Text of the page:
3D micro-CT analysis of the serial longitudinal sections of the regenerating callus demonstrated that calcified bridging was always present (Figure 3A-D). A continuous outer cortical was observed at the periphery of the regenerating callus (Figure 3C-D). According to the longitudinal profiles, the regenerating callus was completely filled by a network of bony trabeculae. After 49 days of consolidation (Day 66), a less mineralized region remained at the center of the regenerated bone (Figure 3E-F). The architectural parameters of the micro-CT indicated that the average volume fraction (BV/TV) for the regenerating callus and the contralateral femur were respectively 55% ± 13 and 97.85% ± 1.7 (Table 1 and Table 2). The mean value of volumetric bone mineral density (vBMD) for the regenerating callus was 750 mg/cm3 ± 25. The mean value of the cross-sectional area was higher for the regenerating callus than for the contralateral femur (17.23 mm2 ± 9.3 vs 9.5 mm2 ± 1.2) (Table 1 and Table 2). The mean callus cortical thickness was thinner than the cortical thickness of contralateral femur (0.317 mm ± 0.04 vs 0.6 mm ± 0.05) (Tables 1 and 2).
Figure 1: Computer-aided design (CAD) of the external fixator and the drilling guide. (A) CAD of the external fixator with the pins. (B) CAD of the drilling guide. Scale bar = 5 mm. Please click here to view a larger version of this figure.
Figure 2: Representative X-rays of a rat femur at various time-points. X-ray radiographs of the distracted callus at 0, 7, 17, 45, 64 and 66 days. (A) X-rays taken after the surgery (Day 0). (B) X-ray radiograph taken after the 7-day latency period. No calcified callus is apparent near the osteotomized extremities (OE). (C) At the end of distraction, a small, poorly calcified zone is apparent near the osteotomized extremities (rectangular zone). (D) After 28 days of consolidation (Day 45), the gap between the osteotomized extremities (*) and a second cortical is apparent (yellow arrow). (E) Radiograph after 47 days of consolidation (Day 64) (F) X-ray radiograph taken after 49 days of consolidation (Day 66), with two days of physiological weight-bearing. Scale bar = 1 mm. Please click here to view a larger version of this figure.
Figure 3: 3D micro-CT reconstruction of the distracted callus of a rat femur. The mineralization of the bone is illustrated by color ranging from yellow to blue. (A,B) Representation of the bridging cortices of the distracted callus following the anteroposterior and longitudinal axis. (C,D) Proximal and distal cross-section revealing the initial cortical bone (black arrow) and the bridging cortices of the distracted callus (yellow arrow) (E,F) 3D longitudinal profiles of the distracted callus after 7 weeks of consolidation: the callus is filled by a network of trabecular bone. Scale bar = 1000 µm. Calibration bar = 0 to 2.54 g/cm3 (yellow = 1.73 g/cm3, pink = 0.84 g/cm3, and blue = 0.17 g/cm3). Please click here to view a larger version of this figure.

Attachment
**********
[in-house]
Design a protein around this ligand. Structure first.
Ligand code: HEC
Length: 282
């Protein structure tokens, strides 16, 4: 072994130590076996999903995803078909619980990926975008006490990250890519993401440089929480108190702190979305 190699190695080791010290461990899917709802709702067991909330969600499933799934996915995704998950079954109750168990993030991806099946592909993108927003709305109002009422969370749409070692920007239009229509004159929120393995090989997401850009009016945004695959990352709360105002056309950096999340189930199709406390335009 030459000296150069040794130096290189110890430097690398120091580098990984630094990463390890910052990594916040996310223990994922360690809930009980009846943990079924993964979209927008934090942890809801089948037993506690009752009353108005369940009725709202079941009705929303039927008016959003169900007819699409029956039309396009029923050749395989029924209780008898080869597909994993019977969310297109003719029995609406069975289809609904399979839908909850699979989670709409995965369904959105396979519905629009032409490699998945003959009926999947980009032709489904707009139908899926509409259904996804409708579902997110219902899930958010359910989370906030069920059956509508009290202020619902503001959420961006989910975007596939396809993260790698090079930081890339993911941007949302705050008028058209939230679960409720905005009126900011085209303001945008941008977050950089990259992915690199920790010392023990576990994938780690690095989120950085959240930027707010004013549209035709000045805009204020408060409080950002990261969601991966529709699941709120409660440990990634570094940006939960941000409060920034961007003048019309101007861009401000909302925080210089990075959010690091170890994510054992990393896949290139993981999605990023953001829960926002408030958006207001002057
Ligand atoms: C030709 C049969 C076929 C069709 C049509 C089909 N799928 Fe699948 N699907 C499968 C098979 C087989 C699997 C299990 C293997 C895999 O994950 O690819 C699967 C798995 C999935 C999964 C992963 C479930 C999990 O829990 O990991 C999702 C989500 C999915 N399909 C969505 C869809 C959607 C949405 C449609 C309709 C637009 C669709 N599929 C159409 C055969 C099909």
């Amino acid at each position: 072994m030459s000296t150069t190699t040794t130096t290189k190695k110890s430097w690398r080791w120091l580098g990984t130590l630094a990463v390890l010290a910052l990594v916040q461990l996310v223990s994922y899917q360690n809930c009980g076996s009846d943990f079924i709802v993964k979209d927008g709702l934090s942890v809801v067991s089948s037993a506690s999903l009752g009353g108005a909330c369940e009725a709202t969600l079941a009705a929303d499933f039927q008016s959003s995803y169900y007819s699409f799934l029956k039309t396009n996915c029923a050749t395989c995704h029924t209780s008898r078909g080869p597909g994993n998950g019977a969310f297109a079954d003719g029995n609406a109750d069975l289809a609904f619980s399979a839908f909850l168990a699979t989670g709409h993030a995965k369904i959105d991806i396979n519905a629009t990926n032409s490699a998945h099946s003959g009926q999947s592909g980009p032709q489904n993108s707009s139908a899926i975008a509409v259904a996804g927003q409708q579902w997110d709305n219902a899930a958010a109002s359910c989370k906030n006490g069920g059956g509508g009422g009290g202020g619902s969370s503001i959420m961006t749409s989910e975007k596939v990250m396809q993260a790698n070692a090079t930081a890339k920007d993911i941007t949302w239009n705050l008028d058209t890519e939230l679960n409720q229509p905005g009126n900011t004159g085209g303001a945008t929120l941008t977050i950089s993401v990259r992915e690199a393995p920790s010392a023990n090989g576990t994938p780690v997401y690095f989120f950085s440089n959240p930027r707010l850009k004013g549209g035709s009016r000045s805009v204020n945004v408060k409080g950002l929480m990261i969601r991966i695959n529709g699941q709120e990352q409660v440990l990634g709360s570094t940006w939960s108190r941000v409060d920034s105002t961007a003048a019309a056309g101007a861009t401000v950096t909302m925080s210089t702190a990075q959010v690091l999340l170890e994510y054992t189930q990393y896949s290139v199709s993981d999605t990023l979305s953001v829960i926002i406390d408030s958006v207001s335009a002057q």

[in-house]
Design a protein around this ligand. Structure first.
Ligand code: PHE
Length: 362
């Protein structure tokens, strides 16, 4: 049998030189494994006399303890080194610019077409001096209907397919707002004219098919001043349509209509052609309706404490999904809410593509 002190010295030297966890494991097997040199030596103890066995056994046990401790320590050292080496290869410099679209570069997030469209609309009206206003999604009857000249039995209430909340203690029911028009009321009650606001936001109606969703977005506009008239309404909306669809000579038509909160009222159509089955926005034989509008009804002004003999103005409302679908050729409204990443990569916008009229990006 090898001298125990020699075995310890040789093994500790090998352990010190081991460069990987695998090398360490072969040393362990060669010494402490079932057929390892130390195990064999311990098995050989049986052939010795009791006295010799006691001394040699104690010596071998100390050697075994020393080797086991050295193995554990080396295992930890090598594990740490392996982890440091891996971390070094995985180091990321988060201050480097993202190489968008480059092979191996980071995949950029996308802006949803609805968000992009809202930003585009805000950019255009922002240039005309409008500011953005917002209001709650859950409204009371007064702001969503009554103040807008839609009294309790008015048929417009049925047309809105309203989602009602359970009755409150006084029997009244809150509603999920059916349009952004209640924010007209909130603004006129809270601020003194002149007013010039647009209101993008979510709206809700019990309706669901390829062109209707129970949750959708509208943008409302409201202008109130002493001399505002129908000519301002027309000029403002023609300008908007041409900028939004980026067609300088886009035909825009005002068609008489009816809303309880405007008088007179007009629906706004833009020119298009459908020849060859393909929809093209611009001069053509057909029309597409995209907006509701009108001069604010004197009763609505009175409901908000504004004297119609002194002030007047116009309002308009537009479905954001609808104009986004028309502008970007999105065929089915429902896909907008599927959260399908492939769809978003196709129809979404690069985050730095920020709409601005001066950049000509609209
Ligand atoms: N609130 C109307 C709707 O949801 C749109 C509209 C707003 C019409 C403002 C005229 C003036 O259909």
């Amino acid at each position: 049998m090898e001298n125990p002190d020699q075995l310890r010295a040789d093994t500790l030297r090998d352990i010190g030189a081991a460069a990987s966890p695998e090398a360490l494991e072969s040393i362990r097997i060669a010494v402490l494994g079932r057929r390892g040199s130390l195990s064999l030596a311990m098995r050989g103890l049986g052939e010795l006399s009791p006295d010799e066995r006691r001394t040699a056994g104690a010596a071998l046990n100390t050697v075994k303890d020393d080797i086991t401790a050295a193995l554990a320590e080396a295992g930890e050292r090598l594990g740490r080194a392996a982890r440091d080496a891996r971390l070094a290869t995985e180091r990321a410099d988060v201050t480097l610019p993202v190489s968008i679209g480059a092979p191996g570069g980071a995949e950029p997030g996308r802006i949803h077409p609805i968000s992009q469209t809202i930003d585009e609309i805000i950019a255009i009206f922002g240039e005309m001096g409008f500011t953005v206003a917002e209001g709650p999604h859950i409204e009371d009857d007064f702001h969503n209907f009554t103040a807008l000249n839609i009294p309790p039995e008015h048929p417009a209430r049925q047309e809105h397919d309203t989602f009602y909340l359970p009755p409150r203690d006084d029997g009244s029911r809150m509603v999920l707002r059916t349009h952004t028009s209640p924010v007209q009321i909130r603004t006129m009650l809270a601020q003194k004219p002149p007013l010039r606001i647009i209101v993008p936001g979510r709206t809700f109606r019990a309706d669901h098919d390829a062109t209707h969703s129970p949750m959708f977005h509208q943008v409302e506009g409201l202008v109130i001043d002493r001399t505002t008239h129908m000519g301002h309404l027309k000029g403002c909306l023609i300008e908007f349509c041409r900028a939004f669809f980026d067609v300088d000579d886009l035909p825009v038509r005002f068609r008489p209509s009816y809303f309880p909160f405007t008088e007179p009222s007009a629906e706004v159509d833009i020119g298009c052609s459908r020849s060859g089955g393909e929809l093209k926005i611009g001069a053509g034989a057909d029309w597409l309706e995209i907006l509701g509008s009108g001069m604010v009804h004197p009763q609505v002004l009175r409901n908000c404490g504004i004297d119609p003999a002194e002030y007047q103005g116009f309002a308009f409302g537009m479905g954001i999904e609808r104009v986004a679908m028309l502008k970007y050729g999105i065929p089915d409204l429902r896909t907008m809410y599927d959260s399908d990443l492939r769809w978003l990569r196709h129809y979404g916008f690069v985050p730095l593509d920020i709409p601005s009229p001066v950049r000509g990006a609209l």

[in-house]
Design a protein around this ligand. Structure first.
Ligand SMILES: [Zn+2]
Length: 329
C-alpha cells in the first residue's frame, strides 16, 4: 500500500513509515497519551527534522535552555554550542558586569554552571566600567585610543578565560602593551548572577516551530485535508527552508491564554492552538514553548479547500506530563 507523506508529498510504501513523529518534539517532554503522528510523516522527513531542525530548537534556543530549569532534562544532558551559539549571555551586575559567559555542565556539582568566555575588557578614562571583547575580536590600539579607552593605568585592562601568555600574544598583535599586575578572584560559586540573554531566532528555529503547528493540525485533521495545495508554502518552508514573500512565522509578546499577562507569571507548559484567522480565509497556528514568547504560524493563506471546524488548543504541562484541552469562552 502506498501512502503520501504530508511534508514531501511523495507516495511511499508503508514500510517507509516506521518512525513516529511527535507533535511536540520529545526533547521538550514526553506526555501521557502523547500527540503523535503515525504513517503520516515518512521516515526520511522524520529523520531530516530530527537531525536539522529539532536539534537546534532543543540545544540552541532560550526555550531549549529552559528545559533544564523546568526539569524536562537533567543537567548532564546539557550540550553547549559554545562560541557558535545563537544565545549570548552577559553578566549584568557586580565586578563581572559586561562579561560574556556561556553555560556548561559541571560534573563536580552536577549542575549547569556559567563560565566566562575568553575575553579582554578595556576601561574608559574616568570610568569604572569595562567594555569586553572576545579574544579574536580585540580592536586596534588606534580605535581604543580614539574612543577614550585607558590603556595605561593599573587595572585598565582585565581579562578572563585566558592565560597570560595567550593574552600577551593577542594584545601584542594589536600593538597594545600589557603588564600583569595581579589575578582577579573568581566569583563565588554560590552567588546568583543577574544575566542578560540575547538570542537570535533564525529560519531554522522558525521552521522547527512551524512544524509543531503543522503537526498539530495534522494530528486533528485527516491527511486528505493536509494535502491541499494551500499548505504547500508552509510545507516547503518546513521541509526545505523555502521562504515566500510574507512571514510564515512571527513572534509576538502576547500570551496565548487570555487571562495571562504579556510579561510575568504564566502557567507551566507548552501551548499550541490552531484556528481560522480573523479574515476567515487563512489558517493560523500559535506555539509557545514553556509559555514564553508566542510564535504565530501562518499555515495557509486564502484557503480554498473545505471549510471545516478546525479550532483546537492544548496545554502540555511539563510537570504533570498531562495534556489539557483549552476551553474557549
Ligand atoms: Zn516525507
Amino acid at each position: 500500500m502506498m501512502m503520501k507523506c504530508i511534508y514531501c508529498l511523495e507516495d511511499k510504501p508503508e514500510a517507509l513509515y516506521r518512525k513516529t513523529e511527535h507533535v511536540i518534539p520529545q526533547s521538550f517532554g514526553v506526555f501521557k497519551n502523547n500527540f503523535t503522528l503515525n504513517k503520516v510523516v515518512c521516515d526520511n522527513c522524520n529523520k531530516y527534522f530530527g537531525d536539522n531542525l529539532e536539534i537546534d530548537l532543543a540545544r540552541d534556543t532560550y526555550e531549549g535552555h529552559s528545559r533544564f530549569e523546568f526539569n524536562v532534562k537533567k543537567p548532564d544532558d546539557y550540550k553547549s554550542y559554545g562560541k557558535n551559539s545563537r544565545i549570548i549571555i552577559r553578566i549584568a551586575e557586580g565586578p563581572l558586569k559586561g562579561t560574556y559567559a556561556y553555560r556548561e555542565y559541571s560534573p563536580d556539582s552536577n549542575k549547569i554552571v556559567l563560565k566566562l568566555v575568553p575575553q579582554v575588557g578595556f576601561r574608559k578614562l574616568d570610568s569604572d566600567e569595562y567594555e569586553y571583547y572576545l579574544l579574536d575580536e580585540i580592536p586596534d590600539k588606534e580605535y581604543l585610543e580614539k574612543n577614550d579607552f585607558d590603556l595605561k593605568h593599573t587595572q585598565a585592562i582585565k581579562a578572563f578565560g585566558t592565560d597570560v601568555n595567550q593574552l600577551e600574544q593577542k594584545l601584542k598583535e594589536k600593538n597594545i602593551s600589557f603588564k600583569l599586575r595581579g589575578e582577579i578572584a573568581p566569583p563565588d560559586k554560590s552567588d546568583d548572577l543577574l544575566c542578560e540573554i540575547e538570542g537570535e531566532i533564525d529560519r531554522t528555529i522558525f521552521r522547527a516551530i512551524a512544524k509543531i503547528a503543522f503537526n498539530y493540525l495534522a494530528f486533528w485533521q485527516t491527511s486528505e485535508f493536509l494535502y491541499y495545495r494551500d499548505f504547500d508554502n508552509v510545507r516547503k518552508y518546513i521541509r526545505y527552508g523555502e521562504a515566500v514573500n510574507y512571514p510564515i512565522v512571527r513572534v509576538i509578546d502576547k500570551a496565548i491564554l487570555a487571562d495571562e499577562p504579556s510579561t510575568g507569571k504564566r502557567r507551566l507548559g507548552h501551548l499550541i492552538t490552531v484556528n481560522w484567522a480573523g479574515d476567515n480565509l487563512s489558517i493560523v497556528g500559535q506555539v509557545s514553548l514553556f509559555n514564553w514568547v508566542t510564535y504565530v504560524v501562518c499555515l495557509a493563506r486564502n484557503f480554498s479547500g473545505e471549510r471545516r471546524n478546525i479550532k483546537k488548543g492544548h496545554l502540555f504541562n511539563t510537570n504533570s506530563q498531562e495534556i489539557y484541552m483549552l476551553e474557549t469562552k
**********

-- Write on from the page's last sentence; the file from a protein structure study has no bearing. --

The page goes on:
Table 1: Callus parameters of distracted femur after 49 days of consolidation. The region of interest (ROI) selected to calculate all the parameters was the zone between the osteotomized extremities. All the values obtained for each rat were calculated on each slice of the image stack. Results are expressed as mean ± standard deviation. BV/TV: volume fraction; CSA: cross-sectional area; vBMD: bone mineral density; Ct.Th: cortical thickness.
Table 2: Contralateral parameters of intact femur after 49 days of consolidation. All the values obtained for each rat were calculated on each slice of the image stack. Results are expressed as mean ± standard deviation. BV/TV: volume fraction; CSA: cross-sectional area; Ct.Th: cortical thickness.
This study describes a reproducible protocol comprising an appropriate external fixator design for rat limb lengthening, with a detailed surgical technique that permits physiological weight-bearing by the animal after removal of the external fixator. Our DO protocol led to a functional regenerated bone. After 47 days of consolidation, removal of the homemade external fixator and 2 days of physiological weight-bearing by the animal did not induce any fracture of the regenerating callus. Thanks to the micro-CT reconstruction, the evidence of a complete bridging confirmed that the regenerated callus was functional. A previous study clearly demonstrated a positive correlation between the presence of calcified bridging and the load that a regenerated callus can sustain19. Moreover, the vBMD found for the regenerated callus was about 67% of the vBMD found for the diaphysis part of the femur from the controlateral limb20. We also found an average vBMD of the regenerated callus that was close to the value previously described21. This highlights the stable environment created by the homemade external fixator leading to efficient bone repair. In addition, the fixator was well tolerated by the animals. The positioning and the light weight of the external fixator did not disturb the animals' gaits, so they were able to walk just after surgery.